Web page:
Quiet Guy is really unassuming-looking in basically every way. He always goes straight for the back of the room and then just looks intensely at every person who speaks. He isn’t trying to stare or anything; his eyes are just that piercing. You can rarely find him in class because he sits by himself and blends into the crowd. When you speak up in tutorial, he looks at you and your actual identity shatters because he sees through everything you have ever said or done. His voice is probably super deep… but who’ll ever know?

Alexandria Ocasio-Cortez claps back at U of T student

Yesterday, University of Toronto computer engineering student Harry Khachatrian recieved a clap back response from popular new U.S. Representative from New York, Alexandria Ocasio-Cortez (AOC).

After AOC was quoted as saying, “The vast majority of Americans know that income inequality is one of the biggest issues of our time” in an interview with The Hill. Mr. Khachatrian tweeted AOC by asking, “What, precisely, is the correct level of income inequality for you, @AOC? Is there a distribution you are shooting for? Should everyone be equal?”

AOC responded stating the following: “Somewhere between ‘teachers shouldn’t have to sell their own blood to make rent’ & ‘billionaires with helipads and full-time workers on food stamps shouldn’t exist in the same society.”

via GIPHY

Khachatrian is a regular contributor for right-wing media publications The Rebel and The Daily Wire.

Disclosure: Harry Khachatrian has contributed to The Varsity in the past. 

I left my phone in the back of a taxi, so I’m a fucking idiot

Dear iPhone 6 I’ve had for five months,

I really, really, miss you.

One freezing Friday morning (literally just the other day), you were in my jacket pocket. I had just finished an overnight shift, so I was drowsy and exhausted. I had an important interview in less than an hour, and in an attempt to get there faster, I decided to take a taxi.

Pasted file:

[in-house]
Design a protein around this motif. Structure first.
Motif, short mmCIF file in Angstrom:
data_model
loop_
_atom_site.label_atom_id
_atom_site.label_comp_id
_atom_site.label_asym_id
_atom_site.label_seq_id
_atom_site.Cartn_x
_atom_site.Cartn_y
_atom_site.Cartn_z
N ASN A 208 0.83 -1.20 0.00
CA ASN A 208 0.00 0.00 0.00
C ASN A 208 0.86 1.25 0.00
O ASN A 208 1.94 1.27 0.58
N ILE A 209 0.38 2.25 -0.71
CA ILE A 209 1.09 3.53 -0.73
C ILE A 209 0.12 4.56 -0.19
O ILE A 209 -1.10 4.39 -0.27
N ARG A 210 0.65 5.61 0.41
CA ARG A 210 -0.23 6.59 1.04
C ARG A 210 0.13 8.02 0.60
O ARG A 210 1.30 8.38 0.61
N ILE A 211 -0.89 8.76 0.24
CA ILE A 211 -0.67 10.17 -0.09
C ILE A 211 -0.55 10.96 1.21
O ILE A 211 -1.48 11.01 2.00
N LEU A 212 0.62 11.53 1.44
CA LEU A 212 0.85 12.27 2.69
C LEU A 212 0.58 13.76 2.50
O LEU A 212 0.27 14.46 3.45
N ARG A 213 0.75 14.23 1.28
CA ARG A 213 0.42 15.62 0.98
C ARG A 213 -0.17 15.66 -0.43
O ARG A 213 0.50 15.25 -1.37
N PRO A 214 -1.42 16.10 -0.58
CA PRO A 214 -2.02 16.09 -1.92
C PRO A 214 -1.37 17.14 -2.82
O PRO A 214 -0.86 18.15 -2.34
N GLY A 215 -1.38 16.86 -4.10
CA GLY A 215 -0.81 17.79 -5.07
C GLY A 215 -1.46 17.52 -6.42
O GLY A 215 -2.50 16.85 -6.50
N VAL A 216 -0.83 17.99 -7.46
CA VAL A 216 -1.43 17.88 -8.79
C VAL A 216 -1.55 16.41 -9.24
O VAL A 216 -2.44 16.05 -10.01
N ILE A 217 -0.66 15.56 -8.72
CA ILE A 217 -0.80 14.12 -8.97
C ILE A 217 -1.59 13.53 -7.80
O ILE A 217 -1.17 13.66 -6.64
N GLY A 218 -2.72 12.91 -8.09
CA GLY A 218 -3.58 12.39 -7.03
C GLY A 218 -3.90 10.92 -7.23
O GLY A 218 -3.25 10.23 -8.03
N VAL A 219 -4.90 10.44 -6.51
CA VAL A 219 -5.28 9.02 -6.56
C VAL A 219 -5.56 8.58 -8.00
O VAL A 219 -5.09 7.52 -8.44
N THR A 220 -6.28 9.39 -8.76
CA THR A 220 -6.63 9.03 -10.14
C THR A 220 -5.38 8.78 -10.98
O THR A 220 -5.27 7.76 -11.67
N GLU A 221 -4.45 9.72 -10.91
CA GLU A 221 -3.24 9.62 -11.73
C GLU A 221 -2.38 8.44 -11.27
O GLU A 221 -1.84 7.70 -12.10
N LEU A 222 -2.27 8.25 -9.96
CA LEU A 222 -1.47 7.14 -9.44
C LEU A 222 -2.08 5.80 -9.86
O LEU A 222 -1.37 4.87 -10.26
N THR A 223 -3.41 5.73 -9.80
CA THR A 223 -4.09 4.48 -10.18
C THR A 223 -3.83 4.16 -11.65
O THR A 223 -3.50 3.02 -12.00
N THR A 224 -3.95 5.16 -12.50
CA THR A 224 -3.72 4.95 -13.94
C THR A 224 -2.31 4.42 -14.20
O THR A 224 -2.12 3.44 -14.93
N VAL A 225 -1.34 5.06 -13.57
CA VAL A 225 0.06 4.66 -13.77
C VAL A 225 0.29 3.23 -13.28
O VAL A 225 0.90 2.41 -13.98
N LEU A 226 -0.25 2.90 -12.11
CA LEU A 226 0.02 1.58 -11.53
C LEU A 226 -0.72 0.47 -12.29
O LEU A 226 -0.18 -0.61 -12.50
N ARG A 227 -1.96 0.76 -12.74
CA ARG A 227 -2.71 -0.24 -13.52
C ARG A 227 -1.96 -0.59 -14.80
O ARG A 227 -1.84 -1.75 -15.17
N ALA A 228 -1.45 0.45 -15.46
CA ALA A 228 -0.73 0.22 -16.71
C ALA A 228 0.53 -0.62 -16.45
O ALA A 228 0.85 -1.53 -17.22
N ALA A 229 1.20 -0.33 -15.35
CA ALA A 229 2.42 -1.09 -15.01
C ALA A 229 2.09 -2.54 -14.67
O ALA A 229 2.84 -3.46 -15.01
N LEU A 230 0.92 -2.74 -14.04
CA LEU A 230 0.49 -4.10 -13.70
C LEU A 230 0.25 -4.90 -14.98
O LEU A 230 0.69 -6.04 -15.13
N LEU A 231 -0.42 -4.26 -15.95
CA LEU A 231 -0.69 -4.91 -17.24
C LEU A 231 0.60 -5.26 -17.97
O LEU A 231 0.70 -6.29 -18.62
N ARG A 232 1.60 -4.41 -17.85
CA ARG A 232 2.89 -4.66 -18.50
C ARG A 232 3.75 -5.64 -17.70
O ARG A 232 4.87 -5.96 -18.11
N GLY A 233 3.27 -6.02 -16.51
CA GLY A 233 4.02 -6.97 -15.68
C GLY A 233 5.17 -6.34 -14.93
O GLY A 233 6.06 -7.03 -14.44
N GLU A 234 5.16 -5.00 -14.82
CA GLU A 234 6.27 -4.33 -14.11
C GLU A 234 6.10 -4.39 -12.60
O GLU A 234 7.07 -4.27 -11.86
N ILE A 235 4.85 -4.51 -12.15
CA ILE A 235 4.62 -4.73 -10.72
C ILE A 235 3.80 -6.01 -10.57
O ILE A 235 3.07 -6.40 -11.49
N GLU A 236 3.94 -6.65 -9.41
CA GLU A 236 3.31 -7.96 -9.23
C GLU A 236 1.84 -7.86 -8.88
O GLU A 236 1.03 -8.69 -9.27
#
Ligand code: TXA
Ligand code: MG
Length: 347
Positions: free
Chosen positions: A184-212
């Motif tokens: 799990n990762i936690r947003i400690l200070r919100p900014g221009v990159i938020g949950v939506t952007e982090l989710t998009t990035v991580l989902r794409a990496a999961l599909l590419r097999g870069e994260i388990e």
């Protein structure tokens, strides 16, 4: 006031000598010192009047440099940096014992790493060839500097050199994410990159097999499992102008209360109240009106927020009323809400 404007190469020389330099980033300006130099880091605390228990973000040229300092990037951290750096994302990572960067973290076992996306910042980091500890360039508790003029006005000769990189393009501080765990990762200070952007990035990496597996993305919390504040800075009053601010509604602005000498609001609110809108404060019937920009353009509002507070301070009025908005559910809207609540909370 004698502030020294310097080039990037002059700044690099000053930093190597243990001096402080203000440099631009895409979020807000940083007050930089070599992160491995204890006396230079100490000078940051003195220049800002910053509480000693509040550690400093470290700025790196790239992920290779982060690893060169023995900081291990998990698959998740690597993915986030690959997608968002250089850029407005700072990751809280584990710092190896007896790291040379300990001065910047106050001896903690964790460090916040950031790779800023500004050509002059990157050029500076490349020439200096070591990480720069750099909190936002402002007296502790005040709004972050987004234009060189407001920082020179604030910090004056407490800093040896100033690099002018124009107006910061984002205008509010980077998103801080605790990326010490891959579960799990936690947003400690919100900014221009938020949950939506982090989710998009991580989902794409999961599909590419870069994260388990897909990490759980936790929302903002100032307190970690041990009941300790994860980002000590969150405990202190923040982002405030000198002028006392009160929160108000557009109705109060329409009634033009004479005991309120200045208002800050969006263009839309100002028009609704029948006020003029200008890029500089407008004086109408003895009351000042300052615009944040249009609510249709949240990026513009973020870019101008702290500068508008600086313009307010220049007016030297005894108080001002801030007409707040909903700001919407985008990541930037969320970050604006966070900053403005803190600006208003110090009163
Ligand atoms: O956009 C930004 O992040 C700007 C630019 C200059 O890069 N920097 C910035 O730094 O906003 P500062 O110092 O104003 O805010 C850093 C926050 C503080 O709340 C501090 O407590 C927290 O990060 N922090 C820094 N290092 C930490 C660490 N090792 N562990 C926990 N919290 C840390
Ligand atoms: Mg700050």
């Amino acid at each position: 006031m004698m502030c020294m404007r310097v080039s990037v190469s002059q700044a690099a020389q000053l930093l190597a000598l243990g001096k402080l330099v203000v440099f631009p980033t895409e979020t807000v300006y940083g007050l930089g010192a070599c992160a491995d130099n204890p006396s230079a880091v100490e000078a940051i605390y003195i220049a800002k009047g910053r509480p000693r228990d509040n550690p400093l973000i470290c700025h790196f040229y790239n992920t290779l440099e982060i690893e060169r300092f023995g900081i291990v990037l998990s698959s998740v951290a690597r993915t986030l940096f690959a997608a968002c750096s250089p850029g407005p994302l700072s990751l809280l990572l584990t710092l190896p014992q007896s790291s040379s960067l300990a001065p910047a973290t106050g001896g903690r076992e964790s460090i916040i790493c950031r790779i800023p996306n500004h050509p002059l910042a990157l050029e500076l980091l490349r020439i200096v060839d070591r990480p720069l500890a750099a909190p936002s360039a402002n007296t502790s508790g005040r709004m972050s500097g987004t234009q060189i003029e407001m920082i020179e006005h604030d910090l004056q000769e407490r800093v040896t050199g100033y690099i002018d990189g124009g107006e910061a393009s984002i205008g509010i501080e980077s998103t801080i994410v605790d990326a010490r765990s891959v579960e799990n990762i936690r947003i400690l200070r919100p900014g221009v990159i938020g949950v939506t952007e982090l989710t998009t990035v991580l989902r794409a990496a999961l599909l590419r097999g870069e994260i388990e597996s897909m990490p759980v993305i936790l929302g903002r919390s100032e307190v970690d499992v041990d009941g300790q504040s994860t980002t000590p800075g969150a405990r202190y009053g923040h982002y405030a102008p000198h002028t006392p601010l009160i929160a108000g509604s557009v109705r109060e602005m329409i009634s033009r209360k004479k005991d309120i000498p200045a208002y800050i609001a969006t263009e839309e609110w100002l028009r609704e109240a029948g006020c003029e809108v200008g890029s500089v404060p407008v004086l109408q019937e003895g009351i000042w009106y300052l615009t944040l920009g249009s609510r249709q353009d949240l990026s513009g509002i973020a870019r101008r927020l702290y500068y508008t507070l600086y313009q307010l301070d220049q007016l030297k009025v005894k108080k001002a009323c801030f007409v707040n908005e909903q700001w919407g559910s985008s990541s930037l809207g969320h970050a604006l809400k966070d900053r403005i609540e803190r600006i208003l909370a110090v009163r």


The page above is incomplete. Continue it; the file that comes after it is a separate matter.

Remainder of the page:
That was mistake number one.

Once my colleague took over from me at work, I rushed downstairs and didn’t bother to put in my headphones. I wanted to keep my head clear, not filled with Nicki Minaj lyrics.

That was mistake number two.

As I ran to the lone orange cab on the curb, I held onto my phone cradled in my pocket, trying desperately to keep it inside. I didn’t want to put it in my jeans pocket because the denim darkens the phone case.

The was mistake number three.

Inside the cab, it was a still and awkward silence. I wasn’t in the mood to talk — I was tired after such a long shift, and I had been working since midnight. The driver didn’t seem all too eager, either.

I paid no attention to my surroundings and attempted to take a small nap. Before I knew it, however, I was at my location. I fumbled for the fare, tipped generously, and ran out of the cab without looking back.

The was mistake number four.

You know how this ends.

Since losing my phone, I’ve had exactly six people ask why I don’t take an Uber, five people wonder why I didn’t have Find My iPhone turned on, and a mere four people console my spiralling self.

My answer to all those questions?

Yeah, I’m really stupid.

Four upcoming career fairs to keep your eye on

1. Get Experience Fair!

A bunch of U of T organizations and offices are partnering to host the Get Experience Fair next Wednesday at Hart House. The fair promises to equip students with skills necessary to gain experience for the workplace. According to the Facebook event, the fair will provide “a relaxed environment” to explore various job opportunities.

When: Wednesday, January 16, 11am-3pm.

Where: The Great Hall, Hart House, 7 Hart House Cir.

2. Get Hired: Summer and Full Time Job Fair

UTM’s annual job fair is one of the largest career fairs at U of T. With over 80 organizations participating, the Get Hired fair is solid place to being job-searching. Come to this fair with an updated resume in hand and a professional outfit. Have questions? UTM’s Career Centre has put together a video with tips to prep:

When: Wednesday, January 16, 10am-2pm.

Where:  RAWC, 1825 Outer Circle.

3. UTSC: Summer and Full-Time Job Fair 

UTSC’s career fair boasts over 70 organizations with both summer and full-time positions available. Starting this year, the job fair will also have an “Entrepreneur Alley” to help students learn skills needed to start a business. UTSC has created a tip sheet to help students prepare for the fair.

When: Thursday, January 24, 11am-2pm.

Where: Highland Halls Events Centre, 1265 Military Trail.

4. New Grad Career Fair 

U of T has partnered with Ryerson University to host a career fair specifically designed for recent grads. This fair provides current students and recent grads with the opportunity to chat with recruiters and learn about the requirements for a variety of jobs. Ryerson has created a guide for fair attendees to ensure you’re ready for the day. According to the event page, you might even score an interview at the fair – so be prepared for anything!

When: Thursday, February 7, 11am-3:30pm.

Where: Chestnut Residence and Conference Centre, 89 Chestnut St.